So at the end of the first stage, you want to have clearly tested your assumptions about both the problem that you think it is you’re looking at, and the opportunities. You want to test your assumptions about what you hold to believe true about the system, about the people you are serving, about the policy. So at the end of the first stage, you want to have a clear set of evidence around what it is that’s true and what it is that you’ve tested and what you know.
The second stage is about doing the designing and prototyping and learning, and so by the end of the second stage you should be able to show to your -- whoever your client is or whoever is commissioning your work that you’ve got a clear theory of change, that you clearly understand how what you’re doing is leading to change for people. And you should have been able to test that with people in quite an iterative way.
By the end of the third gate, you should have a clear business case and data that supports your theory of change that you’ve developed in stage two. And that’s what sets you up for scale. So I think when social innovation doesn’t work, is when we’re not clear about what the gateways are, and when we sort of get quite wishy-washy about how you move from idea through to implementation. And so for us with government, one of the reasons we’ve been able to get so much traction is because in the absence of being able to describe the solution, we can very clearly and in a lot of detail describe how we’re going to arrive at a different solution -- whether that be a policy, service, commissioning solution. And that is really starting to be embraced across government in Australia.
Susan Johnston: Now, as Karen said in our tl;dr segment, there are different ways to experiment and to use what you learn. Carolyn said something along the same lines. She makes the point that prototyping itself can be considered a very good way to reduce and mitigate risk in any organization.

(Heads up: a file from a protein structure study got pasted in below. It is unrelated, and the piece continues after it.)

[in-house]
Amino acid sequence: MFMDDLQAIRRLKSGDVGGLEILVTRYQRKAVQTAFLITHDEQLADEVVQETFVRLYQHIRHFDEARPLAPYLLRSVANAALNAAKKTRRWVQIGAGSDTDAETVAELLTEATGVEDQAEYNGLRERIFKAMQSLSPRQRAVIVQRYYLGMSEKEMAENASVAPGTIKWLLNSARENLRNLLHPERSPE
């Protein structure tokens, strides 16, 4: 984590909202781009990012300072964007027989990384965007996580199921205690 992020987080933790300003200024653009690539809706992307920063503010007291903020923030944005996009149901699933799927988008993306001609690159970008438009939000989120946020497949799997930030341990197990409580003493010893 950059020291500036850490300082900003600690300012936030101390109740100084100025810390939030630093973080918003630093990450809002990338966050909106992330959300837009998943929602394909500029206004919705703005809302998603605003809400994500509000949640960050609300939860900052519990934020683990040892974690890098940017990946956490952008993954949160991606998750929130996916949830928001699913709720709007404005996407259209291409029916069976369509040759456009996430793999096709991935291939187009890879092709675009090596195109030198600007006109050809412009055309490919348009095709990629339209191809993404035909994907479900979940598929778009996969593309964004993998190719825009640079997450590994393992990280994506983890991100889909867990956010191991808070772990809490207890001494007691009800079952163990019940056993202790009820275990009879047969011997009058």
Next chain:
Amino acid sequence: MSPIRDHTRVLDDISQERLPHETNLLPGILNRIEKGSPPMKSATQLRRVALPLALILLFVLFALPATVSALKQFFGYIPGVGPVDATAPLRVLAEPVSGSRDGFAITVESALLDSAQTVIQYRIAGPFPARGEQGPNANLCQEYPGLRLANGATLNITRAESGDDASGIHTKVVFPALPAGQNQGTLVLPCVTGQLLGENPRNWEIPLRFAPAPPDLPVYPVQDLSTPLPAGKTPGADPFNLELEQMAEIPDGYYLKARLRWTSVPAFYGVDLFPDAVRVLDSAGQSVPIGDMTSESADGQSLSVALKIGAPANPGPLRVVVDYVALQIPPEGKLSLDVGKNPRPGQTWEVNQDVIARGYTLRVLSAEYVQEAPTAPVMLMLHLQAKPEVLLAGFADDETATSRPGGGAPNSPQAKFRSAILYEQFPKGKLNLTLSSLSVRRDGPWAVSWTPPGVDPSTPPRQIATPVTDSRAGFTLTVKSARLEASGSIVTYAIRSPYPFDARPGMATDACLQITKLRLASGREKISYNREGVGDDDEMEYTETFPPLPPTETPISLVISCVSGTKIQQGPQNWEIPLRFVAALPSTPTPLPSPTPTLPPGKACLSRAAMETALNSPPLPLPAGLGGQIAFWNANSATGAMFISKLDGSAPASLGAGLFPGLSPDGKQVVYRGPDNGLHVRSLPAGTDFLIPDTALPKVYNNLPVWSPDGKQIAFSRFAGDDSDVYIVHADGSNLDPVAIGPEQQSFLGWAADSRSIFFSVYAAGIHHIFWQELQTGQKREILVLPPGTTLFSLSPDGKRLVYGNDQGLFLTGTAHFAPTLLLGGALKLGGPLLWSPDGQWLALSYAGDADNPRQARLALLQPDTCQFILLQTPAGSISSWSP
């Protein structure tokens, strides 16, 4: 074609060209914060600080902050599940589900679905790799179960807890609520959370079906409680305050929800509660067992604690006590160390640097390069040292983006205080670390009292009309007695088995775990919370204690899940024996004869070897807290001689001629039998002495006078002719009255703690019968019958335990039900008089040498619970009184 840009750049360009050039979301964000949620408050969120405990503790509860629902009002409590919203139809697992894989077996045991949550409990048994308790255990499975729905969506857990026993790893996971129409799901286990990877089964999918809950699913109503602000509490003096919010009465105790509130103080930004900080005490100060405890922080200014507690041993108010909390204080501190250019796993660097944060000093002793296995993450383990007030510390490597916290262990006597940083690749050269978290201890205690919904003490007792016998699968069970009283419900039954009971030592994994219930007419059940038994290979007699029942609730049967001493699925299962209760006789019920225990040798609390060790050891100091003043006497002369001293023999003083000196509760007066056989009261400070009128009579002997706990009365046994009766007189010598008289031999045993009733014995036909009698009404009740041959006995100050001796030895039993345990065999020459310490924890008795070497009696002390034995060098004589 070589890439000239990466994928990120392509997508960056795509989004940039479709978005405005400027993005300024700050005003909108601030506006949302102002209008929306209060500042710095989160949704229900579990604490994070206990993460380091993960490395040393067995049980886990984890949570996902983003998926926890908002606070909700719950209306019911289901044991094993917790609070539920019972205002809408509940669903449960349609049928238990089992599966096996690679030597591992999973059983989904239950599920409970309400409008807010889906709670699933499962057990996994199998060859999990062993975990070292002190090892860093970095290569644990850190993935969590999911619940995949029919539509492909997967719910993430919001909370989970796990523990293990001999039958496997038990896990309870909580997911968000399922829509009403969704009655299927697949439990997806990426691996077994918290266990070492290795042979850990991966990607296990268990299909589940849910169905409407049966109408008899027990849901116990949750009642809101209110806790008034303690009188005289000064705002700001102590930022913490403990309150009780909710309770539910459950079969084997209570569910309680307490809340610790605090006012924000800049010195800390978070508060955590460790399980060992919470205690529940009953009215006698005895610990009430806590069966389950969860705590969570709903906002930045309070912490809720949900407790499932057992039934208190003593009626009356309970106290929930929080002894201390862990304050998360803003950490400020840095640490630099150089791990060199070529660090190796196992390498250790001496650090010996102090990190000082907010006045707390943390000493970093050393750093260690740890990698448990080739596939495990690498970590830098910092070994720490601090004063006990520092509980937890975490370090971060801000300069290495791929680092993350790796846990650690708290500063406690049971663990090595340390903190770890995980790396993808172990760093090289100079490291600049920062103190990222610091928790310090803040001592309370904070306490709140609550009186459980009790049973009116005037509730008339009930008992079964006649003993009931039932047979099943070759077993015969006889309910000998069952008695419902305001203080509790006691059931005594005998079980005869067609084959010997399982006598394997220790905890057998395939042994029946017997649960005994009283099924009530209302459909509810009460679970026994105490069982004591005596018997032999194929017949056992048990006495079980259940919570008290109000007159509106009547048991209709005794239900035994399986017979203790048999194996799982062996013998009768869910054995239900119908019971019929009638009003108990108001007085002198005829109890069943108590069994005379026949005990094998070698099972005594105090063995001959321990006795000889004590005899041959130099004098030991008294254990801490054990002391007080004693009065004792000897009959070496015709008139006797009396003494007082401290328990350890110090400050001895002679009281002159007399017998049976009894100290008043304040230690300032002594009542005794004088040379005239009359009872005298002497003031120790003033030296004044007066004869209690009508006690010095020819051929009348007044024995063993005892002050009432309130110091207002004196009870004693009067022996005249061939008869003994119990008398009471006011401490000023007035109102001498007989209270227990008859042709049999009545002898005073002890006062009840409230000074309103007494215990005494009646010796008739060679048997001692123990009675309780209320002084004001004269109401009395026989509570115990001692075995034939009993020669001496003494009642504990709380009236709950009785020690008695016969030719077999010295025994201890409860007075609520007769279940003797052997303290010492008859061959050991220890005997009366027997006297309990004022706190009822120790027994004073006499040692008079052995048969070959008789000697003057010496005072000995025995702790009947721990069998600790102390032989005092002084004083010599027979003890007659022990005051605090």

Carolyn Curtis: I think the fundamental issue is that government, or business, is not designed for innovation. Its designed for performance and efficiency. It’s repeatable, replicable activities that you do every day to deliver the value that you’re there to deliver. Now the measures of success around innovation are fundamentally at odds with that. The measures of success around innovation are around learning, testing your assumptions, iterating -- completely at odds with efficiency measures. Just a point on the accelerating learning, in terms of risk again. And this just goes back to the point I was making earlier around the staged and gated process. You know you would recruit RCTs, pilots, and prototyping at different stages of any process, but I can’t stress enough how much prototyping is a risk-mediating strategy for government. It would de-risk any strategy, policy, or framework you want to bring to bear, because effectively it enables you to learn very quickly and to adjust very quickly. But it is a different capability.